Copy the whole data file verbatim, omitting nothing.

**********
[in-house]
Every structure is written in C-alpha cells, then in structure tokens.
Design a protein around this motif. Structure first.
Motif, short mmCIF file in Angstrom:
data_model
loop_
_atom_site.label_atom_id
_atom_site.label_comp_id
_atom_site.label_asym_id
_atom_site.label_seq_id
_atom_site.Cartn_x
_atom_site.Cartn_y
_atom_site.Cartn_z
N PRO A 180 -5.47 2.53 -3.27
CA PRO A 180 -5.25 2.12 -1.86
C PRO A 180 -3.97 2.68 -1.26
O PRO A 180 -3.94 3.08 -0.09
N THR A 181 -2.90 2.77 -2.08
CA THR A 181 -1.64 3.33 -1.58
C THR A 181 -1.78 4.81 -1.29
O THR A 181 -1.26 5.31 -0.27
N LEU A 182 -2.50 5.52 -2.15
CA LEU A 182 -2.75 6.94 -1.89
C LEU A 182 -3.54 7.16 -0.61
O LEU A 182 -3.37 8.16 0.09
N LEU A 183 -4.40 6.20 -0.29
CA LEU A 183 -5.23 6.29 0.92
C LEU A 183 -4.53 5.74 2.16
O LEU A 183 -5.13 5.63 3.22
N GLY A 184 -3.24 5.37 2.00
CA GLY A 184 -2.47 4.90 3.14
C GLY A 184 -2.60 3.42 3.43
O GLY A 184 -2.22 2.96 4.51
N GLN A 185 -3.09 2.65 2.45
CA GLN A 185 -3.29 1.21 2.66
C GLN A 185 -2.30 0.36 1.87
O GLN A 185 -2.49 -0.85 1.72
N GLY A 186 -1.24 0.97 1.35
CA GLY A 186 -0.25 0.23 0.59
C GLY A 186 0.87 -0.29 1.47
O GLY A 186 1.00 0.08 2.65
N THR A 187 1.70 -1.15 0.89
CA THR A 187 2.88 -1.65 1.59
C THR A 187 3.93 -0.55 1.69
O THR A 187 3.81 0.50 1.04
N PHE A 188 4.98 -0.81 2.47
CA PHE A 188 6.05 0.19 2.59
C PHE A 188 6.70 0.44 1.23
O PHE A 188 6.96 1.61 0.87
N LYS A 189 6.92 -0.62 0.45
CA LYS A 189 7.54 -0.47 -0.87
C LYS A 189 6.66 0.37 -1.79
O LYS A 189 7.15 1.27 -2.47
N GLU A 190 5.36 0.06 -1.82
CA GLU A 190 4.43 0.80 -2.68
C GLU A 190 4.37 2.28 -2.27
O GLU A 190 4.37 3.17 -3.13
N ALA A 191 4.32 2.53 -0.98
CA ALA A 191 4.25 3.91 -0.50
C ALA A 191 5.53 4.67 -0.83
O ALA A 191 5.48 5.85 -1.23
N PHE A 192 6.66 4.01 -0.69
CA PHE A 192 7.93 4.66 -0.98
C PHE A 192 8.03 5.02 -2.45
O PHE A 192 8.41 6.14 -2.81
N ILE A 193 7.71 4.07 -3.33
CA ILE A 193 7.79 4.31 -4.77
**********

[in-house]
Every structure is written in C-alpha cells, then in structure tokens.
Design a protein around this motif. Structure first.
Motif, short mmCIF file in Angstrom:
data_model
loop_
_atom_site.label_atom_id
_atom_site.label_comp_id
_atom_site.label_asym_id
_atom_site.label_seq_id
_atom_site.Cartn_x
_atom_site.Cartn_y
_atom_site.Cartn_z
N PRO A 180 -5.47 2.53 -3.27
CA PRO A 180 -5.25 2.12 -1.86
C PRO A 180 -3.97 2.68 -1.26
O PRO A 180 -3.94 3.08 -0.09
N THR A 181 -2.90 2.77 -2.08
CA THR A 181 -1.64 3.33 -1.58
C THR A 181 -1.78 4.81 -1.29
O THR A 181 -1.26 5.31 -0.27
N LEU A 182 -2.50 5.52 -2.15
CA LEU A 182 -2.75 6.94 -1.89
C LEU A 182 -3.54 7.16 -0.61
O LEU A 182 -3.37 8.16 0.09
N LEU A 183 -4.40 6.20 -0.29
CA LEU A 183 -5.23 6.29 0.92
C LEU A 183 -4.53 5.74 2.16
O LEU A 183 -5.13 5.63 3.22
N GLY A 184 -3.24 5.37 2.00
CA GLY A 184 -2.47 4.90 3.14
C GLY A 184 -2.60 3.42 3.43
O GLY A 184 -2.22 2.96 4.51
N GLN A 185 -3.09 2.65 2.45
CA GLN A 185 -3.29 1.21 2.66
C GLN A 185 -2.30 0.36 1.87
O GLN A 185 -2.49 -0.85 1.72
N GLY A 186 -1.24 0.97 1.35
CA GLY A 186 -0.25 0.23 0.59
C GLY A 186 0.87 -0.29 1.47
O GLY A 186 1.00 0.08 2.65
N THR A 187 1.70 -1.15 0.89
CA THR A 187 2.88 -1.65 1.59
C THR A 187 3.93 -0.55 1.69
O THR A 187 3.81 0.50 1.04
N PHE A 188 4.98 -0.81 2.47
CA PHE A 188 6.05 0.19 2.59
C PHE A 188 6.70 0.44 1.23
O PHE A 188 6.96 1.61 0.87
N LYS A 189 6.92 -0.62 0.45
CA LYS A 189 7.54 -0.47 -0.87
C LYS A 189 6.66 0.37 -1.79
O LYS A 189 7.15 1.27 -2.47
N GLU A 190 5.36 0.06 -1.82
CA GLU A 190 4.43 0.80 -2.68
C GLU A 190 4.37 2.28 -2.27
O GLU A 190 4.37 3.17 -3.13
N ALA A 191 4.32 2.53 -0.98
CA ALA A 191 4.25 3.91 -0.50
C ALA A 191 5.53 4.67 -0.83
O ALA A 191 5.48 5.85 -1.23
N PHE A 192 6.66 4.01 -0.69
CA PHE A 192 7.93 4.66 -0.98
C PHE A 192 8.03 5.02 -2.45
O PHE A 192 8.41 6.14 -2.81
N ILE A 193 7.71 4.07 -3.33
CA ILE A 193 7.79 4.31 -4.77